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Annu Rev Phytopathol. 2008;46:101-22. doi: 10.1146/annurev.phyto.121107.104959.

Role of stomata in plant innate immunity and foliar bacterial diseases.

Author information

1
Department of Biology, University of Texas at Arlington, Texas, 76019, USA. melotto@uta.edu

Abstract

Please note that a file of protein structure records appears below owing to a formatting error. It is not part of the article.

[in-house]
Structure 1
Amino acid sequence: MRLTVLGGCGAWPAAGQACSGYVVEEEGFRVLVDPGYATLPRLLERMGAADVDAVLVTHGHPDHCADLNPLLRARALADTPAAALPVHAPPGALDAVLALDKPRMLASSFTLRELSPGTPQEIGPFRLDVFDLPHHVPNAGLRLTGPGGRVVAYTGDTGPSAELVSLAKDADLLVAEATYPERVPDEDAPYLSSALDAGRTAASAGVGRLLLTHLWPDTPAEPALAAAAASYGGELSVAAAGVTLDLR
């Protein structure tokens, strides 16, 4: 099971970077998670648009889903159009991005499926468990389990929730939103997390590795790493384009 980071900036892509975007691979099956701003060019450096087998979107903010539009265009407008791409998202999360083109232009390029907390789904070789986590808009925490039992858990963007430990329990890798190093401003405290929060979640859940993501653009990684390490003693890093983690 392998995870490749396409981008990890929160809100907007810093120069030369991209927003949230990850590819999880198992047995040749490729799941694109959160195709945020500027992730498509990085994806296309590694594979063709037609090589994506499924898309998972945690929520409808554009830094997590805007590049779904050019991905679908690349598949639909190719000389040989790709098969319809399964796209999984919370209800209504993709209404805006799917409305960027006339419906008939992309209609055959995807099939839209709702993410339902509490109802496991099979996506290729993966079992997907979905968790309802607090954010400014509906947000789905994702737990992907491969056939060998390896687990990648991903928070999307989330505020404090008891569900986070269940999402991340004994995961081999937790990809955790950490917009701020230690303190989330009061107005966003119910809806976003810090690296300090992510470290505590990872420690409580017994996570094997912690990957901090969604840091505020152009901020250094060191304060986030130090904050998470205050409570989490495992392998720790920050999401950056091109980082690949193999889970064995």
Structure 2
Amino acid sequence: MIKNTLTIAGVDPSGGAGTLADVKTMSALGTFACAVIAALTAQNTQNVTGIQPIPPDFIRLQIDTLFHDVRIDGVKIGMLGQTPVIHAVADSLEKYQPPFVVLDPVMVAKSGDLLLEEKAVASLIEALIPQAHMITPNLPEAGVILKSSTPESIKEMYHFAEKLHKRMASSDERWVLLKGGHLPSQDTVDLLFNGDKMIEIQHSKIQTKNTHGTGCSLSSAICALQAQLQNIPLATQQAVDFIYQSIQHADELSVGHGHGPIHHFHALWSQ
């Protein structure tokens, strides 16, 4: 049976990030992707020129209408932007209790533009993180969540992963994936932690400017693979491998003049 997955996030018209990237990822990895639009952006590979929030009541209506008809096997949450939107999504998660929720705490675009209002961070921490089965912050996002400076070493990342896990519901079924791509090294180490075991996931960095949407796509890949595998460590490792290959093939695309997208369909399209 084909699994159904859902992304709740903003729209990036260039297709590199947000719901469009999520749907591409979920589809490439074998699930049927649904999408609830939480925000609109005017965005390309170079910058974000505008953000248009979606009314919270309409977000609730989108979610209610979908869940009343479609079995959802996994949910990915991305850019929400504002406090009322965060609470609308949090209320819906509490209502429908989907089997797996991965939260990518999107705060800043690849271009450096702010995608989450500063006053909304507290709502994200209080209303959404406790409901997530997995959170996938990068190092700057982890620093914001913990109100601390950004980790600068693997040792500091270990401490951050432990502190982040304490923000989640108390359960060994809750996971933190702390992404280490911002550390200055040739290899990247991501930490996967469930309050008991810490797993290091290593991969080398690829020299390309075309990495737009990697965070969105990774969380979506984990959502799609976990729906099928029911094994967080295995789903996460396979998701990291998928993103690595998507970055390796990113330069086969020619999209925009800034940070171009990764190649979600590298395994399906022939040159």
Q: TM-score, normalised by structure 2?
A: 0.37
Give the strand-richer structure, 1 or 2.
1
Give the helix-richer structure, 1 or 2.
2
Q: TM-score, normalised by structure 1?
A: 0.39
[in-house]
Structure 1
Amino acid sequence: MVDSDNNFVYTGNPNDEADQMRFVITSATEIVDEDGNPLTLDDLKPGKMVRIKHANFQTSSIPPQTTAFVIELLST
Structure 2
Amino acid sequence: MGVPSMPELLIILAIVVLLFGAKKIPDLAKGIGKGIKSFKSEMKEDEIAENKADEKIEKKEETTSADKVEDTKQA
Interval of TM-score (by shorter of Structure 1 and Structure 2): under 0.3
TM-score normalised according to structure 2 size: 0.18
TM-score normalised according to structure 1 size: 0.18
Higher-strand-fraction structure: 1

Pathogen entry into host tissue is a critical first step in causing infection. For foliar bacterial plant pathogens, natural surface openings, such as stomata, are important entry sites. Historically, these surface openings have been considered as passive portals of entry for plant pathogenic bacteria. However, recent studies have shown that stomata can play an active role in limiting bacterial invasion as part of the plant innate immune system. As a counter-defense, the plant pathogen Pseudomonas syringae pv. tomato DC3000 uses the virulence factor coronatine to actively open stomata. In nature, many foliar bacterial disease outbreaks require high humidity, rain, or storms, which could favor stomatal opening and/or bypass stomatal defense by creating wounds as alternative entry sites. Further studies on microbial and environmental regulation of stomatal closure and opening could fill gaps in our understanding of bacterial pathogenesis, disease epidemiology, and microbiology of the phyllosphere.

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